Cast and Crew: Robert Clouse (Director), Kurt Thomas, Tetchie Agbayani, Richard Norton, Tadashi Yamashita.
What it’s About: An amiable king of a small Central Asian nation boasts a beautiful daughter who looks nothing like him and a yearly Spartan Run in which laggards are arrowed by ninjas. Bound by honor to grant the wish of anyone who successfully completes the course, the king receives a bevy of strapping Cold War lads bent on winning at all costs due to a plot device involving nukes and satellites. Our hero, played by Olympic gymnast Kurt Thomas in his only film role, seeks victory, romance, and a pommel horse.
Why Watch it Today: Before Hunger Games, there was Gymkata.
My editor and blog overlord Professor Mortis has informed me that on this day in 1980, U.S. President Jimmy Carter called American athletes to boycott Soviet-hosted Olympics over its actions in Afghanistan. I suppose some things never change. While Afghanistan is not on the Caspian sea like Gymkata’s fictive setting of Parmistan, presumably the glut in Olympic action created a ready supply of athletic-looking folks to cast this woefully confused martial arts extravaganza.
In 1985 ninjas ruled supreme. Perhaps it was the invasion of Japanese capitalism and electronics. Perhaps Cowboys and Indians had run out of steam. Perhaps Chuck Norris liked his boot-eaters anonymous. One thing is for certain: they make affording a cast of bad guys much easier by allowing stuntmen to be reduced, reused, and recycled. Gymkata takes the hooded warrior to heart, importing ninjameister Tadashi Yamashita (The Octogon (1980)) to prepare our hero for his deadly game and teach him how to flip out and kill people. Ninja adversaries are never exhausted in Parmistan, and the rage for ninja accessories seems to have infected the king’s servants up to the highest ranks, where his second-in-command, Zamir (Richard Norton, City Hunter (1993), Mr. Nice Guy (1997)), twirls sai and kickboxes like a pro.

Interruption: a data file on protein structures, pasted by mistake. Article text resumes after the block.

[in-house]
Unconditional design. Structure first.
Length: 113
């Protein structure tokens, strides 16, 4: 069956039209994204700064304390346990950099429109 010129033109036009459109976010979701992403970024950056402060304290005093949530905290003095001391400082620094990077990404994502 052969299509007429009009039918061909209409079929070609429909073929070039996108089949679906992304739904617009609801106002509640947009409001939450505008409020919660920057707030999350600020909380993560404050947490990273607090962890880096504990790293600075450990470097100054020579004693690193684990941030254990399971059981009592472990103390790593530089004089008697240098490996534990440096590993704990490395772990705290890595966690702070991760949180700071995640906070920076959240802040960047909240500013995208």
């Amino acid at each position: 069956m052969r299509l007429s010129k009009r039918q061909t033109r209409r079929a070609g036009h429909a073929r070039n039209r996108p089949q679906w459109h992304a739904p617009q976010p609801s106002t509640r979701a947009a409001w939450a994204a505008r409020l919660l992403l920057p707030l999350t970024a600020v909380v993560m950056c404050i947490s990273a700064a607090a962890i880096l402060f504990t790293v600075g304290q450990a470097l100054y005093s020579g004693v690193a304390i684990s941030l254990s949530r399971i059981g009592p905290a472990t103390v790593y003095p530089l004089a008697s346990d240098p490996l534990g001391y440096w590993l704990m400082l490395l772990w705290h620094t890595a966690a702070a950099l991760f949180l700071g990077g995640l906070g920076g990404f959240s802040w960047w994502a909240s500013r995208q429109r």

Gymkata’s blend of chalk dust from the West and karate chop from the East is great in theory but hilariously bad in practice. Kurt Thomas backflips and tumbles through the choreography with a clockwork precision that ends up making every action sequence seem as improbable and stiff as a child flicking action figures. Yet only a few years later, Jackie Chan would bring his blend acrobatics and martial arts to American audiences in a way that appeared fresh, believable, and unprecedented.
Gymkata is deserving of its reputation as “so bad it’s good”. A movie a bit ahead of its time but also completely dated by it, it’s a guilty pleasure to watch how it can all go so spectacularly wrong.